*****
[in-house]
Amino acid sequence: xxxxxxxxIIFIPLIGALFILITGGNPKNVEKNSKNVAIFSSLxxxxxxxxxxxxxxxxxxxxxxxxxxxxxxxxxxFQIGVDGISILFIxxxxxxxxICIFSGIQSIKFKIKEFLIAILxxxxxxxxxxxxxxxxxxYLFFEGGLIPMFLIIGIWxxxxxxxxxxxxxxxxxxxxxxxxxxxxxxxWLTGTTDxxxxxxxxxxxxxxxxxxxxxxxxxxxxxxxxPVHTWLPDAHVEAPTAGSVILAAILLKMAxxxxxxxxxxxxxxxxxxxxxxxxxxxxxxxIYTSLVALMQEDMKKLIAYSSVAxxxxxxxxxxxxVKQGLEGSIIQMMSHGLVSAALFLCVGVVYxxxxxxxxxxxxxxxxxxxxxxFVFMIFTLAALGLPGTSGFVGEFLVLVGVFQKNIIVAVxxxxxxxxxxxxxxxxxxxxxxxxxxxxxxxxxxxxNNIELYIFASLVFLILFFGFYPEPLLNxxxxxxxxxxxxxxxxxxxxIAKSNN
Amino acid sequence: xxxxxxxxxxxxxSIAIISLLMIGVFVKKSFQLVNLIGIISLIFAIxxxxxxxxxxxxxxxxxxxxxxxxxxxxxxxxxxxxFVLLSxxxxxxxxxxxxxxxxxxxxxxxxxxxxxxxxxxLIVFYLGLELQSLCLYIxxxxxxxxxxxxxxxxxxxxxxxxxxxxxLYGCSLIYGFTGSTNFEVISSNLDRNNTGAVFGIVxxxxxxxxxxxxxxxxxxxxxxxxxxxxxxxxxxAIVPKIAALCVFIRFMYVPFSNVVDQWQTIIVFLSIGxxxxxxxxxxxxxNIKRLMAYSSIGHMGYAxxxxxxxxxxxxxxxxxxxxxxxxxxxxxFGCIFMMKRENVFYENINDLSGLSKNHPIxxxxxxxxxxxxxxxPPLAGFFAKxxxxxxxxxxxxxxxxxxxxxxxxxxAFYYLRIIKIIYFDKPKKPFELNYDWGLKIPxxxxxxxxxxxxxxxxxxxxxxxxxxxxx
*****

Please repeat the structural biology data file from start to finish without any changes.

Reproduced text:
[in-house]
Amino acid sequence: xxxxxxxxIIFIPLIGALFILITGGNPKNVEKNSKNVAIFSSLxxxxxxxxxxxxxxxxxxxxxxxxxxxxxxxxxxFQIGVDGISILFIxxxxxxxxICIFSGIQSIKFKIKEFLIAILxxxxxxxxxxxxxxxxxxYLFFEGGLIPMFLIIGIWxxxxxxxxxxxxxxxxxxxxxxxxxxxxxxxWLTGTTDxxxxxxxxxxxxxxxxxxxxxxxxxxxxxxxxPVHTWLPDAHVEAPTAGSVILAAILLKMAxxxxxxxxxxxxxxxxxxxxxxxxxxxxxxxIYTSLVALMQEDMKKLIAYSSVAxxxxxxxxxxxxVKQGLEGSIIQMMSHGLVSAALFLCVGVVYxxxxxxxxxxxxxxxxxxxxxxFVFMIFTLAALGLPGTSGFVGEFLVLVGVFQKNIIVAVxxxxxxxxxxxxxxxxxxxxxxxxxxxxxxxxxxxxNNIELYIFASLVFLILFFGFYPEPLLNxxxxxxxxxxxxxxxxxxxxIAKSNN
Amino acid sequence: xxxxxxxxxxxxxSIAIISLLMIGVFVKKSFQLVNLIGIISLIFAIxxxxxxxxxxxxxxxxxxxxxxxxxxxxxxxxxxxxFVLLSxxxxxxxxxxxxxxxxxxxxxxxxxxxxxxxxxxLIVFYLGLELQSLCLYIxxxxxxxxxxxxxxxxxxxxxxxxxxxxxLYGCSLIYGFTGSTNFEVISSNLDRNNTGAVFGIVxxxxxxxxxxxxxxxxxxxxxxxxxxxxxxxxxxAIVPKIAALCVFIRFMYVPFSNVVDQWQTIIVFLSIGxxxxxxxxxxxxxNIKRLMAYSSIGHMGYAxxxxxxxxxxxxxxxxxxxxxxxxxxxxxFGCIFMMKRENVFYENINDLSGLSKNHPIxxxxxxxxxxxxxxxPPLAGFFAKxxxxxxxxxxxxxxxxxxxxxxxxxxAFYYLRIIKIIYFDKPKKPFELNYDWGLKIPxxxxxxxxxxxxxxxxxxxxxxxxxxxxx